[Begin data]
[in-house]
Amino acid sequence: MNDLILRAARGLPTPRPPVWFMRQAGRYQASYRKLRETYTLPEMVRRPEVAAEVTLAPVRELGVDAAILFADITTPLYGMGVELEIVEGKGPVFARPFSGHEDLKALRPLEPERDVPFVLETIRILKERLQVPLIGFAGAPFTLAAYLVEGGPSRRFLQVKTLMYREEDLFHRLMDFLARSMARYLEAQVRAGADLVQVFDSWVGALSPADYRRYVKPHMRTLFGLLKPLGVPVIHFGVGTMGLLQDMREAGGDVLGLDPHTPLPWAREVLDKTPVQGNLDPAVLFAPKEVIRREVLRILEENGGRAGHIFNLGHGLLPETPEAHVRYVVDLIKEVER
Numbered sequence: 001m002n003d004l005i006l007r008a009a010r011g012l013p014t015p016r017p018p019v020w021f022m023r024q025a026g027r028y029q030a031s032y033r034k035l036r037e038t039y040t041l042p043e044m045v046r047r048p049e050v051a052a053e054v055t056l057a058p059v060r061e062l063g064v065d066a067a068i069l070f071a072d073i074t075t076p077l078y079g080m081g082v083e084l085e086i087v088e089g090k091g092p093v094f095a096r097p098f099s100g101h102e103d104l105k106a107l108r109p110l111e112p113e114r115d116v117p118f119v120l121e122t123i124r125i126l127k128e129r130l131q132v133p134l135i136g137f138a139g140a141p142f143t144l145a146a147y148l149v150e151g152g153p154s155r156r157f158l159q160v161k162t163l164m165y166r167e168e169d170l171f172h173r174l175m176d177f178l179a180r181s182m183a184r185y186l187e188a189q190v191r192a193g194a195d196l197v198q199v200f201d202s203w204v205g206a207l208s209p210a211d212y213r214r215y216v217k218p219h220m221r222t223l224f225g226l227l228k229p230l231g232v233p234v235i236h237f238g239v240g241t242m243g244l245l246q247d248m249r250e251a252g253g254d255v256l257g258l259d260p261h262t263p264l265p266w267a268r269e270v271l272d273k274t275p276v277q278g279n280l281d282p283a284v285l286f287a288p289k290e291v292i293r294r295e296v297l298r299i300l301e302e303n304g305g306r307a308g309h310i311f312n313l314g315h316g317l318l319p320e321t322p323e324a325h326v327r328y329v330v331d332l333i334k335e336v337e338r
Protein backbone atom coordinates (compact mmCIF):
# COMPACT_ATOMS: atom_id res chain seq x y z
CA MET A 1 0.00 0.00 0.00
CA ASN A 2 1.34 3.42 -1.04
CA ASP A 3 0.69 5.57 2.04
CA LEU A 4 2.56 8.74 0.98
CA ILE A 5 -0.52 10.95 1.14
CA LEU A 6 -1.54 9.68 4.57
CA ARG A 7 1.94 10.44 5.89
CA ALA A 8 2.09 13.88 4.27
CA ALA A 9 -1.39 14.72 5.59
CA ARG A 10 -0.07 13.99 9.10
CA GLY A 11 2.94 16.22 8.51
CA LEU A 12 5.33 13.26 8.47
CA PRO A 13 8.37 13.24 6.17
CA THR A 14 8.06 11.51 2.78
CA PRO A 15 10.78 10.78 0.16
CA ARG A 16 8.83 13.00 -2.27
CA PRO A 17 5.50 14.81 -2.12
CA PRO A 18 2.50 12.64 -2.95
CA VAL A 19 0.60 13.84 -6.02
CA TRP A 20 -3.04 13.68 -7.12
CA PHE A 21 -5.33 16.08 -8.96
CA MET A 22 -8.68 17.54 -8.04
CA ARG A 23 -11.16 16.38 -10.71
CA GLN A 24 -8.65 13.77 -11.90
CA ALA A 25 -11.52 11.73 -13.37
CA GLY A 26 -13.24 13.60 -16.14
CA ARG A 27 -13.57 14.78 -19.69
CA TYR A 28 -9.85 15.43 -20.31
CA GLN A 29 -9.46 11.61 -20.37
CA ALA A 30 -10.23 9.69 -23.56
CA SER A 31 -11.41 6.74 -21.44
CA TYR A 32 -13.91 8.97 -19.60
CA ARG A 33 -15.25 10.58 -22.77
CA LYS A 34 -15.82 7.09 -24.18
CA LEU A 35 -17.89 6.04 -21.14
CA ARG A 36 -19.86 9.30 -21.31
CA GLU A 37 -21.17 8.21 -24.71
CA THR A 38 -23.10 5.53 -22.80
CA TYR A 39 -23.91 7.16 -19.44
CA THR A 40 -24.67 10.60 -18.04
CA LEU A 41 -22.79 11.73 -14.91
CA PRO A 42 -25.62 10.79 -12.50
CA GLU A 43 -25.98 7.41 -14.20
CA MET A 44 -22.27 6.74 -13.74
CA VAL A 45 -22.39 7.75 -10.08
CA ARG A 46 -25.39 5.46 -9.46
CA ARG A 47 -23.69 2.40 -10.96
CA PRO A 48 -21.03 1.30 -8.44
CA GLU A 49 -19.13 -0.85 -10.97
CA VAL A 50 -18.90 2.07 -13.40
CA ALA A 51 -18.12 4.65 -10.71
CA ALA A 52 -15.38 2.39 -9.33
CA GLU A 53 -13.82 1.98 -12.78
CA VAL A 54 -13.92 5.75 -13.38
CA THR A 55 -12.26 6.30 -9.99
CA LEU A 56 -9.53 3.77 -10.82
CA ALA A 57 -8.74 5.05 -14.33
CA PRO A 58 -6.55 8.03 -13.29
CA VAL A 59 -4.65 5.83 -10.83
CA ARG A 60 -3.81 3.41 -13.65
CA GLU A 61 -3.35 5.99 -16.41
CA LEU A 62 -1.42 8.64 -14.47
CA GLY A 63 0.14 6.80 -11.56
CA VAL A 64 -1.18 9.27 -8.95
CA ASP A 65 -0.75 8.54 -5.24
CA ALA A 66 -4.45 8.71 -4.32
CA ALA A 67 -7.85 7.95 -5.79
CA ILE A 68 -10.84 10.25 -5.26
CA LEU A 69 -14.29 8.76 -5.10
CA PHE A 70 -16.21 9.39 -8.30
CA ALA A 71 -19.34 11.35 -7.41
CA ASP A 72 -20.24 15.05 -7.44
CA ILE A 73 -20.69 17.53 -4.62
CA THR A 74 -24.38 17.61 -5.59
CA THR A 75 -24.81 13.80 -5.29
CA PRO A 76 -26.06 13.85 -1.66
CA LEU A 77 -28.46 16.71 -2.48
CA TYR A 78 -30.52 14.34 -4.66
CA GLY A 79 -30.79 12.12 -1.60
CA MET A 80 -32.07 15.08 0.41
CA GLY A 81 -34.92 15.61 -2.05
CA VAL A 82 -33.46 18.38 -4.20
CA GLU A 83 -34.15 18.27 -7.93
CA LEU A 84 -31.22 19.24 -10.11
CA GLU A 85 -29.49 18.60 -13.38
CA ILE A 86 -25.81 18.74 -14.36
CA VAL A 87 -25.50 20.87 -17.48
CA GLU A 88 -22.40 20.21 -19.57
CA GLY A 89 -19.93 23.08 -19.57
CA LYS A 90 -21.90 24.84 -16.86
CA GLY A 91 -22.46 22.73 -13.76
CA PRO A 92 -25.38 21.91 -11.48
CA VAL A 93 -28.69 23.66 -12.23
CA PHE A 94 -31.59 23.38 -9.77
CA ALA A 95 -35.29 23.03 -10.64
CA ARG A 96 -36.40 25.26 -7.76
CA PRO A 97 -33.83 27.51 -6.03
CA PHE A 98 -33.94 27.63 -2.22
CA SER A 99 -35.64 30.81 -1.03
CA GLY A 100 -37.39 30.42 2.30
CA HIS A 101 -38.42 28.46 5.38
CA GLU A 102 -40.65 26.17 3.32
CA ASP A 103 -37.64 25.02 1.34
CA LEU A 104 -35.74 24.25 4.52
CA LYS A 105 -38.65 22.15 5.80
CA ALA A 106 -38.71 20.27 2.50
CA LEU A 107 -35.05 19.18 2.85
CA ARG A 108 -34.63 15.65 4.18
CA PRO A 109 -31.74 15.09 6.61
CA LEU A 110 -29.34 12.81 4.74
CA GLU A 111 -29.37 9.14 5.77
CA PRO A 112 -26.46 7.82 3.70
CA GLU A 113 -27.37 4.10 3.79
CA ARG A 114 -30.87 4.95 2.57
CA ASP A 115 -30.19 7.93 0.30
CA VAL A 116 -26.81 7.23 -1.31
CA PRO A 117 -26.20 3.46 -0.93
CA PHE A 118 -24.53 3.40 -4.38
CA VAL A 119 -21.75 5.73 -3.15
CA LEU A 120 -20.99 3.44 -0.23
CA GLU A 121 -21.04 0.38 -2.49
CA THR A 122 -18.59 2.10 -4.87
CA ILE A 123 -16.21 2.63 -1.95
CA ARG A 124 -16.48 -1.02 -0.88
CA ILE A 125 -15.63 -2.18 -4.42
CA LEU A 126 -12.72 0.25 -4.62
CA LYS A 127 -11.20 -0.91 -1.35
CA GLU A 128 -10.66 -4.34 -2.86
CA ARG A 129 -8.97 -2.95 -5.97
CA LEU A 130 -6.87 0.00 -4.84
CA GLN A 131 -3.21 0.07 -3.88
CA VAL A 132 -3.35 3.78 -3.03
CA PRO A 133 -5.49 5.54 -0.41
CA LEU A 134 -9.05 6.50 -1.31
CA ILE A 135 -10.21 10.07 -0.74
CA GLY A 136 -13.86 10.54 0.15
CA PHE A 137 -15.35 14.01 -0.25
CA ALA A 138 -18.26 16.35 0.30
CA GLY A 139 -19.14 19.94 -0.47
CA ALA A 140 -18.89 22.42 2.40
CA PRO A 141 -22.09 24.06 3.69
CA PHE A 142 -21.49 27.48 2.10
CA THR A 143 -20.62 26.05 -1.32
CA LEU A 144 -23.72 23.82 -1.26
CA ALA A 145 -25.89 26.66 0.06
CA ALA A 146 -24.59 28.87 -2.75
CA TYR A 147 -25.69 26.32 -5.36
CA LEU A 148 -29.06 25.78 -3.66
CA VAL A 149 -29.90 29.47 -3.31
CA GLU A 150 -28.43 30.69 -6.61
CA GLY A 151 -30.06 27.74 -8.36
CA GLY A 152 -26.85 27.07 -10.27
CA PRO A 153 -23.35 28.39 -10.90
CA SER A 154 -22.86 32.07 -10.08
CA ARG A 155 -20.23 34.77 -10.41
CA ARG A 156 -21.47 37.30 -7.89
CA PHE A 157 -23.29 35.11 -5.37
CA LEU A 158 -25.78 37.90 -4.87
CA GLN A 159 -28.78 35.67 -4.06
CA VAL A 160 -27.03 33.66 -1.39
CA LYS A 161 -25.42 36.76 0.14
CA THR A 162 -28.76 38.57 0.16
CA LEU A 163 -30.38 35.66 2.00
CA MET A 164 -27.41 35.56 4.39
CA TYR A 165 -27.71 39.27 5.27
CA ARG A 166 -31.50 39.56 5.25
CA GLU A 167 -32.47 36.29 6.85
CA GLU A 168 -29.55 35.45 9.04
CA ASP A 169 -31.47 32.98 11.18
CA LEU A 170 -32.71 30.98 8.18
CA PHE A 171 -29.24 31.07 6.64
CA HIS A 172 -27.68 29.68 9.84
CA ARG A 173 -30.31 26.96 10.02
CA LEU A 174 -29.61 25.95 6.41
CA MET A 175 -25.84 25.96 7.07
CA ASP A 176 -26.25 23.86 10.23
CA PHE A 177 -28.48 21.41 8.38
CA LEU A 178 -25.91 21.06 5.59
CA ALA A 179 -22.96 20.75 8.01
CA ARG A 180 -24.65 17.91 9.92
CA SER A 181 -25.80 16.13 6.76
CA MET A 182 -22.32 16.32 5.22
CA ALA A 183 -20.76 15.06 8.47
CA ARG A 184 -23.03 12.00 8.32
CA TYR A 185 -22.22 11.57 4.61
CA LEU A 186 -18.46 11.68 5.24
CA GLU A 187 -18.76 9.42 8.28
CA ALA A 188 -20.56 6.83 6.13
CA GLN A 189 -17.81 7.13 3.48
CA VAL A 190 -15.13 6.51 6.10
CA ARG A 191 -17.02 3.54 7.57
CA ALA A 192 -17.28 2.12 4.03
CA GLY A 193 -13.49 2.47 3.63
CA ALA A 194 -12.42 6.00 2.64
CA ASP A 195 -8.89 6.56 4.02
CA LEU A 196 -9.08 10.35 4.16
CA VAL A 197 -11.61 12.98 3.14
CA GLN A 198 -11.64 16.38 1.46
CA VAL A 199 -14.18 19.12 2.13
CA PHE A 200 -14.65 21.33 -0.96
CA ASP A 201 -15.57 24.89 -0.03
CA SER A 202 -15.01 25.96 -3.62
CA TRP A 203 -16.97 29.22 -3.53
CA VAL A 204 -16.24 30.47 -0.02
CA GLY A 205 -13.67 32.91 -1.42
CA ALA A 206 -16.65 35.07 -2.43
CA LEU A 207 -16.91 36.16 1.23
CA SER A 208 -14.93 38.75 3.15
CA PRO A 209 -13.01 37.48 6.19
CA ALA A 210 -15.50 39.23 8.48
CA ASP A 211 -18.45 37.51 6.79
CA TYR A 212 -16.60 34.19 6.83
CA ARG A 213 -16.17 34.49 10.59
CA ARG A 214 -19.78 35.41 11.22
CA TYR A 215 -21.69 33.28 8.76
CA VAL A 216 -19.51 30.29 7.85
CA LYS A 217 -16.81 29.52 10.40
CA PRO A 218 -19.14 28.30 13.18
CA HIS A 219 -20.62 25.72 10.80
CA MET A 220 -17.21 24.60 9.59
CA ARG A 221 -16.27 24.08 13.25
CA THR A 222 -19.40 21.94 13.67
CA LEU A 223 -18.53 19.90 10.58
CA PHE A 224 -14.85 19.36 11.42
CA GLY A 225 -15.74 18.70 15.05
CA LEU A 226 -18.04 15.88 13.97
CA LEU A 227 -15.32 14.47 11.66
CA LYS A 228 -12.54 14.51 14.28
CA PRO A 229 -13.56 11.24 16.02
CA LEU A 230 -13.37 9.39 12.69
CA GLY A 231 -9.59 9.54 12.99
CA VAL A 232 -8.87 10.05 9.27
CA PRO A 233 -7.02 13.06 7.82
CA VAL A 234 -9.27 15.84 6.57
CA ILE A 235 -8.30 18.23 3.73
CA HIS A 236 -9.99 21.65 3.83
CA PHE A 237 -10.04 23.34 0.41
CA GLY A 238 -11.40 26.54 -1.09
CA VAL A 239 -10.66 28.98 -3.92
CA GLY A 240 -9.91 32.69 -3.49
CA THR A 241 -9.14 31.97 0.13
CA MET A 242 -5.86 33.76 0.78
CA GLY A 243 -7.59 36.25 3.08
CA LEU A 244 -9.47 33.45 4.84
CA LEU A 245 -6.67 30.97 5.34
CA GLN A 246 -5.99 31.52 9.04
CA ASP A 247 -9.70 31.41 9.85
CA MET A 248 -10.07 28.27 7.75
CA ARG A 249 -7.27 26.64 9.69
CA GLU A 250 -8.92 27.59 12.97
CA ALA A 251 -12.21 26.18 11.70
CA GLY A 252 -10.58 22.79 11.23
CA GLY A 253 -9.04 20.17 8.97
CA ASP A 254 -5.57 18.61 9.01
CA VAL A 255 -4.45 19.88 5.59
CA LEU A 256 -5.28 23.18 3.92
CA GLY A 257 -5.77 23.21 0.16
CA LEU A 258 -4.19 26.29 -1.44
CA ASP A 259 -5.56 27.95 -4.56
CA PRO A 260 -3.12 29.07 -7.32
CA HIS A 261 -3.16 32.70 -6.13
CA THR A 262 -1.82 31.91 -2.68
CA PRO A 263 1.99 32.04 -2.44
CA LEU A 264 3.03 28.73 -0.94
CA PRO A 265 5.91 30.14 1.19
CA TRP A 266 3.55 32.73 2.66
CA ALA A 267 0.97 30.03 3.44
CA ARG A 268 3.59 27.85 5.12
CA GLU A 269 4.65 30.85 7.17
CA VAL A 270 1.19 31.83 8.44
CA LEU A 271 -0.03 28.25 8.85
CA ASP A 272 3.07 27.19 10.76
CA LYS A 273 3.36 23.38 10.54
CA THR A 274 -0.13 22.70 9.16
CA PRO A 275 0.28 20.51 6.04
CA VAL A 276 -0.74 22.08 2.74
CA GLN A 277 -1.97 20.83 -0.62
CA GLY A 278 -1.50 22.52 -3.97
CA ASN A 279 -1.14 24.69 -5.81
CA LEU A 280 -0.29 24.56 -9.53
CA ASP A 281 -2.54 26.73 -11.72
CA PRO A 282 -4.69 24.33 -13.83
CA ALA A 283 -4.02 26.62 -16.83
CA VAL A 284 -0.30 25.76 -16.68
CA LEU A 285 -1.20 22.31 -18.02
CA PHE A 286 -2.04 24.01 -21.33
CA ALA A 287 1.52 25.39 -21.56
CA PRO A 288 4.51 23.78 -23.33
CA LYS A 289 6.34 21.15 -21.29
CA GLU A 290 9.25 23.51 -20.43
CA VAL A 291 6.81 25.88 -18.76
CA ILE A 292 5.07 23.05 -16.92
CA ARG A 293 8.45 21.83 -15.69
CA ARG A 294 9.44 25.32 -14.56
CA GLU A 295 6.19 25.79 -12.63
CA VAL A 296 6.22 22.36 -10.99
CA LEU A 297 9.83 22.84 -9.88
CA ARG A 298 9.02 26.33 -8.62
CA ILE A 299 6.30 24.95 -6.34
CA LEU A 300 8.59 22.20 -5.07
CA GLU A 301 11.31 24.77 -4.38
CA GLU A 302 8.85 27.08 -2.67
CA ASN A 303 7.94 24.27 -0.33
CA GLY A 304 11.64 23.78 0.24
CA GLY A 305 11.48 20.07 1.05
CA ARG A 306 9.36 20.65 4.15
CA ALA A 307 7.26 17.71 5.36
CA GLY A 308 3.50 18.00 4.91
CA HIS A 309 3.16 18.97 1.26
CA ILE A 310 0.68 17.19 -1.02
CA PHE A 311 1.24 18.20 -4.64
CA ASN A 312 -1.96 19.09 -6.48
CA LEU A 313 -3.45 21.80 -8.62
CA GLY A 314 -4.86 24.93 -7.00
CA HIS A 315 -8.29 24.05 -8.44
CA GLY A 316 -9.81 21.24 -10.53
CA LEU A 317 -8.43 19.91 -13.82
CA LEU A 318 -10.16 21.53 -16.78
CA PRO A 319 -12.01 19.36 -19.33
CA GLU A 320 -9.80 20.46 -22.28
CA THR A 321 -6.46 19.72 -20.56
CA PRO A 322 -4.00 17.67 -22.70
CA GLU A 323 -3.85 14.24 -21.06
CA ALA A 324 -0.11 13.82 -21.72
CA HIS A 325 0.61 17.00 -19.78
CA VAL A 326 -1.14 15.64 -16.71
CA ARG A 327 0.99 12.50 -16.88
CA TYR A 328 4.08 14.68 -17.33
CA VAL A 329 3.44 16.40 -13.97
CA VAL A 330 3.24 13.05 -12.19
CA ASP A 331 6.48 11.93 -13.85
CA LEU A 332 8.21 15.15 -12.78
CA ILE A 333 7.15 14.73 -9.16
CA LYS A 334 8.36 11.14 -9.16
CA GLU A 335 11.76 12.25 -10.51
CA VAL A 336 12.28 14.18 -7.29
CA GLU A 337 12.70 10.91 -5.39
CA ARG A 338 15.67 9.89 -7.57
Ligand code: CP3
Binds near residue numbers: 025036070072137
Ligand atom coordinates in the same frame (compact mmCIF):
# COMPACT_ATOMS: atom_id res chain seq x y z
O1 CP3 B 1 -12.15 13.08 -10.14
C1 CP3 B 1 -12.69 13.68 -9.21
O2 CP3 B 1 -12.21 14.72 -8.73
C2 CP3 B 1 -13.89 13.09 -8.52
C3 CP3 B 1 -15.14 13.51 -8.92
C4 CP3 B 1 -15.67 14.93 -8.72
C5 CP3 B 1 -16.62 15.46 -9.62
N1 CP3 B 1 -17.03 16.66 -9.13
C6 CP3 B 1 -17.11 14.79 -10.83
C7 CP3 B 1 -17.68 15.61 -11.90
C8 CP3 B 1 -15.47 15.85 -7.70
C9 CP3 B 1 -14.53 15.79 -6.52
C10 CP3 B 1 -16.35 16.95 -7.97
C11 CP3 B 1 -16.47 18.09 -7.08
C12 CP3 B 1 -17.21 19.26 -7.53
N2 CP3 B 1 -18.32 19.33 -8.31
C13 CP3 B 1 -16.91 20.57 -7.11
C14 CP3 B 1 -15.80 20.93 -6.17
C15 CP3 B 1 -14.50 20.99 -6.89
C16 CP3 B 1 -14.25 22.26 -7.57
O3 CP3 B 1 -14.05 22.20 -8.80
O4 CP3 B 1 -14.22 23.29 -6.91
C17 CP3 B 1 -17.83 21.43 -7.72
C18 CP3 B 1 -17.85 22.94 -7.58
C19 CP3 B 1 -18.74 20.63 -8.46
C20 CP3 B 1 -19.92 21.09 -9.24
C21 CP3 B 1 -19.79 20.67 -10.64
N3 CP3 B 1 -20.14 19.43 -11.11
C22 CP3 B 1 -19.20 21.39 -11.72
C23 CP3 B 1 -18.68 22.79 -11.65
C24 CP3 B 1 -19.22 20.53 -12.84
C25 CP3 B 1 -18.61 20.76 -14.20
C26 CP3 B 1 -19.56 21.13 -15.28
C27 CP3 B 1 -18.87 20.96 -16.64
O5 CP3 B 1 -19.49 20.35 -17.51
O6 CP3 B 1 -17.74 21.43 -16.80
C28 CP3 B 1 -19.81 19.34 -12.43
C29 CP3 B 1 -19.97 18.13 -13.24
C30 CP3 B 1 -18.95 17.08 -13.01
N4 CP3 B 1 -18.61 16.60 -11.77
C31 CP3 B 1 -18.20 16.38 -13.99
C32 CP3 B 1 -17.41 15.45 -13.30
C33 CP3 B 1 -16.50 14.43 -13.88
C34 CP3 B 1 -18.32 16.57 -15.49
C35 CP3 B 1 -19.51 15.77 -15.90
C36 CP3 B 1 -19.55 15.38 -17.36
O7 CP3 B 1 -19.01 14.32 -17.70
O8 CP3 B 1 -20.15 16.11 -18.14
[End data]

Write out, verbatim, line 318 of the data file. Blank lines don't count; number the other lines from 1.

CA LEU A 313 -3.45 21.80 -8.62